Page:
If you’re like me, you’re probably wondering what the big deal is with a humidifier. Before I moved west to a drier part of the country, I never had a use for one. My mother had a unit in our house, but I can easily count on one hand the number of times she used it. Growing up though, my family and I never really suffered from many allergies other than the odd skin irritation from using certain soaps or detergent. I did grow up with dry skin although it was fairly easy to treat living on the East Coast in my opinion.
Since moving west, I’ve had to make some adjustments in order to comfortably live in this drier environment. My skin is much more susceptible to rash and irritation than it was before and my nose bleeds a lot easier too. Overall I’d say it’s much drier here in the winter. As a result my sinuses get more irritated and I start to feel more and more uncomfortable.
Last winter the air got so dry that I actually experienced structural damage to one of my rooms. I went to grab a jacket out of my closet and noticed the wallpaper broken as if (don’t laugh) the Kool-Aid man had broken through the wall but left the drywall intact. I’ve lived in the same place for almost 3 years and it’s the first time I’ve ever seen that happen.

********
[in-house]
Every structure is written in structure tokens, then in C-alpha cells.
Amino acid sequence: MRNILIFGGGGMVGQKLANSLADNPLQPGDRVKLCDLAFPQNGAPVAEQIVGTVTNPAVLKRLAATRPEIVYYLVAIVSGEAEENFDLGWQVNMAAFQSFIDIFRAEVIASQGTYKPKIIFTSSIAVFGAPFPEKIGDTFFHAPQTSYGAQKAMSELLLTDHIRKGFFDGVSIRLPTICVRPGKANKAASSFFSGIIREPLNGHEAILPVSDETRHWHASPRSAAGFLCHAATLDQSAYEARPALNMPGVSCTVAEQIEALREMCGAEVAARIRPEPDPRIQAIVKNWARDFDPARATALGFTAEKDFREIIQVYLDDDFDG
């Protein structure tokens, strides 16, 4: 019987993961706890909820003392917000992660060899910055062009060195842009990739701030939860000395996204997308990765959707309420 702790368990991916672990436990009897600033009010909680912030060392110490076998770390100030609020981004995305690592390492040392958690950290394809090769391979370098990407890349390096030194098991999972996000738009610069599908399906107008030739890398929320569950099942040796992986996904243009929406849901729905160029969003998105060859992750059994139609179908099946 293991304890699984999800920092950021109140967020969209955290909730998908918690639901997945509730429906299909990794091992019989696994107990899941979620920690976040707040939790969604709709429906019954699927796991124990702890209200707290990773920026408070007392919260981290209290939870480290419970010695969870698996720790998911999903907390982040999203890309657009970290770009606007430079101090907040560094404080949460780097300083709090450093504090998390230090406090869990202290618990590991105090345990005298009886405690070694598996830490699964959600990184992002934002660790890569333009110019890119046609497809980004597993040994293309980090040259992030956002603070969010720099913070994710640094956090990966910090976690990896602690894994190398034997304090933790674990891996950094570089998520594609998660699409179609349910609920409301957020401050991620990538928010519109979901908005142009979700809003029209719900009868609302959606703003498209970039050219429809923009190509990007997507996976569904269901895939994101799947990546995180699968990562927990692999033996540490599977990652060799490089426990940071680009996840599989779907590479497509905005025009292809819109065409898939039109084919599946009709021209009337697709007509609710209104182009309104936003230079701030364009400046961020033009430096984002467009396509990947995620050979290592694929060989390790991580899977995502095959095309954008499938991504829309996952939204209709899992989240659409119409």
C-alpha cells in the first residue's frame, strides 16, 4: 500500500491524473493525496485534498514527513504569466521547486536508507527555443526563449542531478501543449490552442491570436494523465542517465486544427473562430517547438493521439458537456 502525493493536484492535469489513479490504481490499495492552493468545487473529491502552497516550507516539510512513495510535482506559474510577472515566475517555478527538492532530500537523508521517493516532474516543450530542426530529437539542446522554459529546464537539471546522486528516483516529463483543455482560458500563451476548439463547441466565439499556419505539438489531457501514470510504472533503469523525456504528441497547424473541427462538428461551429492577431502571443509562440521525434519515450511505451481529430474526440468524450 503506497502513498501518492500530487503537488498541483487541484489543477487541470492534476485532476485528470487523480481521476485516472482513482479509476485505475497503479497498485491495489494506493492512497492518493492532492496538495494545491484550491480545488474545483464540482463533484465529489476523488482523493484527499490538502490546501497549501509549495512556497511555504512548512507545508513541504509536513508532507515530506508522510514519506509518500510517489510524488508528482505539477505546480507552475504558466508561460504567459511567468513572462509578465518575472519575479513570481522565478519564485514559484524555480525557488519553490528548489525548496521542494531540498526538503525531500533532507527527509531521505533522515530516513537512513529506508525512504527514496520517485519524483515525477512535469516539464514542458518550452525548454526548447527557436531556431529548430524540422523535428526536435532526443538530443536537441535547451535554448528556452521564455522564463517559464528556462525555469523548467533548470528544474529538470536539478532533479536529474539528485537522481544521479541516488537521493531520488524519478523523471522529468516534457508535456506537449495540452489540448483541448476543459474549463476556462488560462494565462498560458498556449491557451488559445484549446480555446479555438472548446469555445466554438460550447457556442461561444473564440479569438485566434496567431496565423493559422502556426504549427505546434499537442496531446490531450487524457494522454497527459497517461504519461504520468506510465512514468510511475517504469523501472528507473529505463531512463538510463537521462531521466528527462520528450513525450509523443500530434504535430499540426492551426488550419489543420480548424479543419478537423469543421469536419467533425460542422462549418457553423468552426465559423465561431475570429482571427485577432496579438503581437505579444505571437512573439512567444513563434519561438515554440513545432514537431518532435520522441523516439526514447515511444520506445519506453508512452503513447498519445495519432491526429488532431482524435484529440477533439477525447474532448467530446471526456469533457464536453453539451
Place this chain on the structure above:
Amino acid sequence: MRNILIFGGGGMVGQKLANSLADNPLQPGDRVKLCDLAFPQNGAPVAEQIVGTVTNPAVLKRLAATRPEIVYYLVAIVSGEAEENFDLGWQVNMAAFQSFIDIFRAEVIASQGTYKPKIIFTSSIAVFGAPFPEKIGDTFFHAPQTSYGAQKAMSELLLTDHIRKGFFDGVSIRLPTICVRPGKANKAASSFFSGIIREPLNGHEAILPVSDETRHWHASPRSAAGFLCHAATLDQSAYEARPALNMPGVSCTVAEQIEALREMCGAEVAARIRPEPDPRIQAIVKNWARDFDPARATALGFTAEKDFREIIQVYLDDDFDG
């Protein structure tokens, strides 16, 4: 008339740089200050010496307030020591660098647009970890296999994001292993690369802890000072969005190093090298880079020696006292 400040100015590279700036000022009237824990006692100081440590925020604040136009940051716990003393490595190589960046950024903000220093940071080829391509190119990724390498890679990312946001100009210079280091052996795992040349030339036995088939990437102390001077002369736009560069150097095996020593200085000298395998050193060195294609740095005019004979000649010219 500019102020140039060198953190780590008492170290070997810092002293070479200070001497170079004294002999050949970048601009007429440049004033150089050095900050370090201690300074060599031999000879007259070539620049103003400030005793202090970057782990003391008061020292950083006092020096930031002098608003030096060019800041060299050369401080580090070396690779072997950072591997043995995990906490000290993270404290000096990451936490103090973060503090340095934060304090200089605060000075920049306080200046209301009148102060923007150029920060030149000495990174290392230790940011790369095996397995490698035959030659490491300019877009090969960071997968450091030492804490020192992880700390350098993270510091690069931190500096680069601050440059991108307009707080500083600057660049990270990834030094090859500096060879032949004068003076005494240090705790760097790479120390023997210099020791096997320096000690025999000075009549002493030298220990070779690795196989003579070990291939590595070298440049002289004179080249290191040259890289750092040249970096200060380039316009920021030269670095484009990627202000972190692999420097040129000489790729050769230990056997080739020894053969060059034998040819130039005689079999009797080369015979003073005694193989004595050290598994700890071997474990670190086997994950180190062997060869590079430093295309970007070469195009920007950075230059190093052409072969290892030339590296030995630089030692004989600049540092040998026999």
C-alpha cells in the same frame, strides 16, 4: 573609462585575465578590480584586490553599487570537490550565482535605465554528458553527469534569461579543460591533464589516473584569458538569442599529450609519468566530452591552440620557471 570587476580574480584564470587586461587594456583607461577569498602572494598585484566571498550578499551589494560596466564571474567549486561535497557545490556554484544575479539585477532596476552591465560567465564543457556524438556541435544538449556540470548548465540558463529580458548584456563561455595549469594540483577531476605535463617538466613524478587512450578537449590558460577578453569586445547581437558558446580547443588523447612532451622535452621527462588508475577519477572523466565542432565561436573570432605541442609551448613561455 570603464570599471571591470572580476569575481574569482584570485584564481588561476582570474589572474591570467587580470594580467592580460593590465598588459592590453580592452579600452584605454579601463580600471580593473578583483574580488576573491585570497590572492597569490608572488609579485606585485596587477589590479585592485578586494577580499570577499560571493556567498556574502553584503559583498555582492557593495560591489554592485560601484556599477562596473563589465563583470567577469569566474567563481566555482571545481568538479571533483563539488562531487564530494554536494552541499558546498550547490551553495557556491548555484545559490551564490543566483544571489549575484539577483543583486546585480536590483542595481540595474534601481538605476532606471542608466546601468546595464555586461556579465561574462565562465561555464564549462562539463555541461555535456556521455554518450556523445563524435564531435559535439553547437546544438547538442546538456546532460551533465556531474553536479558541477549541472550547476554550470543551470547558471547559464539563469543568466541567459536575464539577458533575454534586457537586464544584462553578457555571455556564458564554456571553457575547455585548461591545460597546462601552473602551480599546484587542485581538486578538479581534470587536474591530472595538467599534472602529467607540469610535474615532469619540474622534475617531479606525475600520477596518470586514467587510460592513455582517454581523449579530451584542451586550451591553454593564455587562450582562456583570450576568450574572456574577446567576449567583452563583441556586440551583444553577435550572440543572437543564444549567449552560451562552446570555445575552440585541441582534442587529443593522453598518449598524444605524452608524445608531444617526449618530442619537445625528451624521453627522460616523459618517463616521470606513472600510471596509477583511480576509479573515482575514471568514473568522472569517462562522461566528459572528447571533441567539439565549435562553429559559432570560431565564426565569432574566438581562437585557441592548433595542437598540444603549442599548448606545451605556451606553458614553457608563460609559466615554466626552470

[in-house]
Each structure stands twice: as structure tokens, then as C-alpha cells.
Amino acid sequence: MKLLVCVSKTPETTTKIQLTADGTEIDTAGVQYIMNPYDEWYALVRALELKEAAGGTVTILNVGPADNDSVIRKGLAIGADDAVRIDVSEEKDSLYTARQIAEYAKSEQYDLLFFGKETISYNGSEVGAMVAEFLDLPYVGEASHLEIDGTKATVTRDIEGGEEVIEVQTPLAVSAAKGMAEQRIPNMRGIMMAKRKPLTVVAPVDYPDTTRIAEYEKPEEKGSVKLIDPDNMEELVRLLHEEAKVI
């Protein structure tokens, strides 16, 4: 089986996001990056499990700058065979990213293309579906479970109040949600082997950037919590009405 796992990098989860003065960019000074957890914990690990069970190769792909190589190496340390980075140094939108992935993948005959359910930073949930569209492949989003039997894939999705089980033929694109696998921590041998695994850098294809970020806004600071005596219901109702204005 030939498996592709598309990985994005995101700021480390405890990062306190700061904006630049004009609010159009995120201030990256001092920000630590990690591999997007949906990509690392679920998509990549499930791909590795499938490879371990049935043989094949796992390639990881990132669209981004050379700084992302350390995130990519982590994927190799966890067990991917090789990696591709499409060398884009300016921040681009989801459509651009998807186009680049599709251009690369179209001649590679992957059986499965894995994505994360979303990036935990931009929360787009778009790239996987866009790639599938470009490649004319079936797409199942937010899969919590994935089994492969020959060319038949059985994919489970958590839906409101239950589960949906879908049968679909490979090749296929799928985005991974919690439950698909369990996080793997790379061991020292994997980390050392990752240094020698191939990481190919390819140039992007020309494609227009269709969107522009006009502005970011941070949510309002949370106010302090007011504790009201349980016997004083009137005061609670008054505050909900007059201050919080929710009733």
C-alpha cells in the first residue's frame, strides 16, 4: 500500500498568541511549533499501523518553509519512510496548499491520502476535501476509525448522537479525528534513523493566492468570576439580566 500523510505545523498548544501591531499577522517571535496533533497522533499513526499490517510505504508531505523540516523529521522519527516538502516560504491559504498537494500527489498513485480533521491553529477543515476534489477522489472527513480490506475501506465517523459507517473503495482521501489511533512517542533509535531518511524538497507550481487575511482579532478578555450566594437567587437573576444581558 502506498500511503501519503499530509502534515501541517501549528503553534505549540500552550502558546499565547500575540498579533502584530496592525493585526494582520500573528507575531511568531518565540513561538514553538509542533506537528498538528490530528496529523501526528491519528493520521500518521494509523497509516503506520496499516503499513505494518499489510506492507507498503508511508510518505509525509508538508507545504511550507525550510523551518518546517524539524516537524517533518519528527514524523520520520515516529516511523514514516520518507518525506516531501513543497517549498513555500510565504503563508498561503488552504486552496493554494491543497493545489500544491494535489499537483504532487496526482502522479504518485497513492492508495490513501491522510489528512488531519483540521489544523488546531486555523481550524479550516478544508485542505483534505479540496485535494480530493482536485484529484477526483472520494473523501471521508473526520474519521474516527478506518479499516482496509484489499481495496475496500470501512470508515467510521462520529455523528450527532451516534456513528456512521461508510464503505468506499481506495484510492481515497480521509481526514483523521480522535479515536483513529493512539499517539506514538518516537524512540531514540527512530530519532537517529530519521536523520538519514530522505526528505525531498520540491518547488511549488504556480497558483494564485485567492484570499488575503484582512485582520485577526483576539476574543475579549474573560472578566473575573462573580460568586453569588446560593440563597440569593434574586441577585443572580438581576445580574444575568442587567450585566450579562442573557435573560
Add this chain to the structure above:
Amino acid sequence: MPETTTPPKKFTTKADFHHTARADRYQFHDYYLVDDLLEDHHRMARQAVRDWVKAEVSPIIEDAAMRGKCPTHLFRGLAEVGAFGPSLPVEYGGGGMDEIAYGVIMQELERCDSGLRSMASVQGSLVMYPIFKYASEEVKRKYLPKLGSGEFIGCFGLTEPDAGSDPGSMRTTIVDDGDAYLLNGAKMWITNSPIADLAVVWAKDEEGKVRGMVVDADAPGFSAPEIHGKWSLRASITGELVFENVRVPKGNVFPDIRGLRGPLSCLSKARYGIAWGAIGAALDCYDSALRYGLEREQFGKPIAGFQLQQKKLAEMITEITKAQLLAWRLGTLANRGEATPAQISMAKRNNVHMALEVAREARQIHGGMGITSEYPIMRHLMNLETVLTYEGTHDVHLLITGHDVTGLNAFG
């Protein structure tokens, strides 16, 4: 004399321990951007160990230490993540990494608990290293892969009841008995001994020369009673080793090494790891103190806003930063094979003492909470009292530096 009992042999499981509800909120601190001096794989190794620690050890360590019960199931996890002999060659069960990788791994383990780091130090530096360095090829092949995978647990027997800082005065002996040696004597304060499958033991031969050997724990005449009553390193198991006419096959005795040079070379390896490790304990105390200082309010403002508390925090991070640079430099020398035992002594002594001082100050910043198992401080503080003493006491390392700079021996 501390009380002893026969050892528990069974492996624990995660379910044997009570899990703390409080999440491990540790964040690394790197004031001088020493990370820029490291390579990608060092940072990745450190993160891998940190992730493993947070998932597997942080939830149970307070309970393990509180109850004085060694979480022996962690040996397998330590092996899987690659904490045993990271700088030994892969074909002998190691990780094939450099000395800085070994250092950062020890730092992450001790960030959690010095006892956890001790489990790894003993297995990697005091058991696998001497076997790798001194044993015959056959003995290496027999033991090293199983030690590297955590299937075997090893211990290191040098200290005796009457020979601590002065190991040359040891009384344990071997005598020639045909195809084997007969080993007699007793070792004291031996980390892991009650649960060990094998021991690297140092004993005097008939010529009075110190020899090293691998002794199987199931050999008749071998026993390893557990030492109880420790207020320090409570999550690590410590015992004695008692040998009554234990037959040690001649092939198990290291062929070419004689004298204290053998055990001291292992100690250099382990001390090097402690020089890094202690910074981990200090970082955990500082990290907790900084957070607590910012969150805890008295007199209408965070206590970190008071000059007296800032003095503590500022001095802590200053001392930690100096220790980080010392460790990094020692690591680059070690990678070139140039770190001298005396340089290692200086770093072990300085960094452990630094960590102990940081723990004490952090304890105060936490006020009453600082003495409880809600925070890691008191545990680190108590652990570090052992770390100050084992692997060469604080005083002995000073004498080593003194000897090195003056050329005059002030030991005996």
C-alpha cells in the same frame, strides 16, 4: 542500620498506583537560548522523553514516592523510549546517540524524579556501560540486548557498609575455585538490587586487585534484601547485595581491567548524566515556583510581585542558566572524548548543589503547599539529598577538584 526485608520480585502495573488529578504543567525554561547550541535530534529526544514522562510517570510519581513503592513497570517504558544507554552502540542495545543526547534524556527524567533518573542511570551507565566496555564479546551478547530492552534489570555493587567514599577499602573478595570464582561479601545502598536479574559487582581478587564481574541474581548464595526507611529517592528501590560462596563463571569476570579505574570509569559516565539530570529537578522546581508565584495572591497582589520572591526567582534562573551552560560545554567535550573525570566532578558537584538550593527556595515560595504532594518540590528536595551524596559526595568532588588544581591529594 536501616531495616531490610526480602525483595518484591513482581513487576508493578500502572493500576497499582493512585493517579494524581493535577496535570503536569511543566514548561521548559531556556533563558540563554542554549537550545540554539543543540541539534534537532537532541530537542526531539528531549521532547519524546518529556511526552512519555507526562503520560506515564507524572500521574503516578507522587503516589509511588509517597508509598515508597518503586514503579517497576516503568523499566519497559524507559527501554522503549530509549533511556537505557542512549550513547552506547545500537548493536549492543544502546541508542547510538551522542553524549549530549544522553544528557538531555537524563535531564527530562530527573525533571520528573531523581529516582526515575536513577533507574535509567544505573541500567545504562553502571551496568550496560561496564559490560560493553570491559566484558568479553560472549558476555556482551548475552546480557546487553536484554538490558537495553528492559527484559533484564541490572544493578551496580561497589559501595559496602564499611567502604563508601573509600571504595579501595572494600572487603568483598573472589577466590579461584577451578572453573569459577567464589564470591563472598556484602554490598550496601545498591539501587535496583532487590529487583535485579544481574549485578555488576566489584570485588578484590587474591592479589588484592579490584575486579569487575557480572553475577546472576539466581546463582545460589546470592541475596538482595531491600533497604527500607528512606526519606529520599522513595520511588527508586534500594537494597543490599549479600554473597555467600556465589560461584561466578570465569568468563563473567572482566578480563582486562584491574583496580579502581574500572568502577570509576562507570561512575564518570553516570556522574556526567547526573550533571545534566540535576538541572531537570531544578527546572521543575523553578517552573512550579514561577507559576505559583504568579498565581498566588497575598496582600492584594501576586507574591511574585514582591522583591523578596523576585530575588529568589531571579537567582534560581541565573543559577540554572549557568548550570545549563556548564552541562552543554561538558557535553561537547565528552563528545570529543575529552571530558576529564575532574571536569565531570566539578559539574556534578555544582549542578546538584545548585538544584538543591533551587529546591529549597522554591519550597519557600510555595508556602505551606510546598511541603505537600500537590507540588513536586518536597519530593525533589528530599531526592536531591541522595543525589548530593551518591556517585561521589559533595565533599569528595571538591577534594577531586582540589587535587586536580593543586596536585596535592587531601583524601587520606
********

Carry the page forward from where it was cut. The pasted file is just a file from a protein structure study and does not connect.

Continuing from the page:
As per the American Lung Association it’s recommended to keep the humidity level within your home between 35 and 55% in order to feel comfortable indoors. If your air is constantly too dry, then you may increase the chances of the following symptoms:
– Dry Throat
– Respiratory problems
– Chapped / Dry lips or skin
– Bleeding nose
– Allergy flare ups
– Cold / Flu signs
If you notice any of these signs and you get the feeling it’s because your environment is constantly dry, then it might benefit you to go out and purchase one. Or, at the very least, do some more research.
Warm Mist or Cool Mist Humidifier? Which one should I get?
Now that we’ve gone over why you might require one, it’s necessary to understand which style will suit your needs best. A cool mist or a warm mist? To set the record straight, a cool mist humidifier doesn’t actually emit a cool breeze. It just means that it’s at room temperature and not heated. They will still do a great job at adding moisture to your room though. A warm mist will emit a warm steam because there is a mechanism to generate heat inside of it. These are more popular during the winter season in my opinion.
If you’re wondering which unit is best for colds, dry skin or allergies. Then stop, because it really doesn’t matter. They say, that by the time the humidity or moisture reaches your lungs it’s the same temperature regardless of if you are using a warm or cool mist. So at the end of the day it’s all just a matter of your preference.
I hope this article has helped you with regards to why you should get a humidifier for your home. if you’re looking for a more detailed breakdown of the different machines available check out our buying guide.
Or, click here to see a review of the Vicks V745A Warm Mist with Auto Shut-Off.